A new study presented by two professors from Harvard University and the University of Massachusetts at Amherst was probably one of the liveliest and potentially disruptive presentations at least week’s annual meeting of the American Association of Public Opinion Research (AAPOR) in Phoenix.
Why? Because their research challenges the beliefs of many AAPOR-ites who disregard most online research as being theoretically indefensible since it is not based on probability sampling. The research presented was based on parallel surveys conducted last year, designed to allow careful comparison of three survey modes: a “gold standard” phone survey that included both landline and cell phone RDD sampling, an opt-in Internet panel survey that used careful weighting techniques to ensure a comparably representative sample of the U.S. population, and a traditional paper-based mail survey. The questionnaires for each mode were nearly identical and elicited data on variety of topics including several that could be validated against the most rigorous U.S. Census and NIH data.
Here is how the authors summarized their results:
Comparing the findings from the modes to each other and the validated benchmarks, we demonstrate that a carefully executed opt-in Internet panel produces estimates that are as accurate as a telephone survey and that the two modes differ little in their estimates of other political indicators and their correlates. (download full paper)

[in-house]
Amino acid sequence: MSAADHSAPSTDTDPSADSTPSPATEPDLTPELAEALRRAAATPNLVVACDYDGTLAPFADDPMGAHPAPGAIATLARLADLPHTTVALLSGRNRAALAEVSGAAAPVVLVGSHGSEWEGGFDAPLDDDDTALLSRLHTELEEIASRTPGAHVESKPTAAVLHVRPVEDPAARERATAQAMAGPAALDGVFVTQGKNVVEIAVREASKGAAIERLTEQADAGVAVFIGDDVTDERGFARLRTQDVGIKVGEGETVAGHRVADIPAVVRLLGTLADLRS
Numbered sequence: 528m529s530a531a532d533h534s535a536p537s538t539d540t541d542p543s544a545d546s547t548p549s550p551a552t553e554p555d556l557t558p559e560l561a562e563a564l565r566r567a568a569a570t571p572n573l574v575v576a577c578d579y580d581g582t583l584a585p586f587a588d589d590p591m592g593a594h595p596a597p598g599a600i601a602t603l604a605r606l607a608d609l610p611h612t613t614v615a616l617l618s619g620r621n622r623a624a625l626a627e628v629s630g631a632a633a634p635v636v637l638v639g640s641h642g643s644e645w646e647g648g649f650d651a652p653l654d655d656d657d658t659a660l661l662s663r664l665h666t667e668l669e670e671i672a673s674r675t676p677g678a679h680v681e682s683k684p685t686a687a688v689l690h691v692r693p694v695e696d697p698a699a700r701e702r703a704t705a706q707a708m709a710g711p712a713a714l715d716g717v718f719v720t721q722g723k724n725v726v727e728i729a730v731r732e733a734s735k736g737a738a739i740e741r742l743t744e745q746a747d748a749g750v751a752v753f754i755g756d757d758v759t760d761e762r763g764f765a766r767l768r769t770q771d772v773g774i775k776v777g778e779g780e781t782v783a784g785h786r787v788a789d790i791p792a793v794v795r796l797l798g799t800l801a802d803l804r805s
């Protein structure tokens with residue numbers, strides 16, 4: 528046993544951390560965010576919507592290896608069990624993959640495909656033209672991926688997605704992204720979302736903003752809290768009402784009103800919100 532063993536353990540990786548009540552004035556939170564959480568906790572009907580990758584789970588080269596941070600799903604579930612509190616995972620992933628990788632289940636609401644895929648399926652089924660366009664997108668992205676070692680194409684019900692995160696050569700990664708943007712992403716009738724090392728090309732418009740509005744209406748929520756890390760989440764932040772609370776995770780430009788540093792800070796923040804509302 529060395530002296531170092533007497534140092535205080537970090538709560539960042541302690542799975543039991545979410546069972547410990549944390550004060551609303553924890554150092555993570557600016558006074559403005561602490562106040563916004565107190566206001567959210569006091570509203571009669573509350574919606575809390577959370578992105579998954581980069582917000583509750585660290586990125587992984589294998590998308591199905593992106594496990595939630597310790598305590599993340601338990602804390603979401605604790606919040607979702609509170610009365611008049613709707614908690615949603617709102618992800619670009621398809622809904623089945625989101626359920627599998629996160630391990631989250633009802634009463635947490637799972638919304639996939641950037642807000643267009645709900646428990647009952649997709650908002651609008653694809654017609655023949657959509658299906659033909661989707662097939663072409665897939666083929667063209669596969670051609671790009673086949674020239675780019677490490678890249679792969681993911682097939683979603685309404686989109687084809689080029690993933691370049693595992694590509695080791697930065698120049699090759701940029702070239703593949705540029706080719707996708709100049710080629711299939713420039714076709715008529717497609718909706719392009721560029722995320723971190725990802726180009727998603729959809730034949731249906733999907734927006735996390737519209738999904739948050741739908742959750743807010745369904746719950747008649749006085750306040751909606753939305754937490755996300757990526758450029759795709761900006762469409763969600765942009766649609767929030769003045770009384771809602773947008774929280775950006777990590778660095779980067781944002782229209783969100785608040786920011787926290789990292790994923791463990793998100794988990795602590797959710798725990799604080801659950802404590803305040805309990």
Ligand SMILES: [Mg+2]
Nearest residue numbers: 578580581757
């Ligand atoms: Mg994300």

Their research adds to a growing body of research showing that rigorously done online surveys can be as useful and effective as rigorously done phone surveys.
True, most online surveys are not rigorously executed (but they can be), and the practical successes of online surveys have outpaced our understanding of the statistical, theoretical, and social underpinnings of why they work. But it is both intellectually closed-minded and pragmatically foolish to dismiss all online surveys as “invalid” and “not newsworthy” as some of our colleagues in AAPOR do.
Our approach at Versta Research is rooted in our training and continuing engagement in academic research, but we are also rigorously focused on doing what works to get the urgent answers and compelling business stories that our clients need. Online survey research is one crucial piece of that.
—Joe Hopper, Ph.D.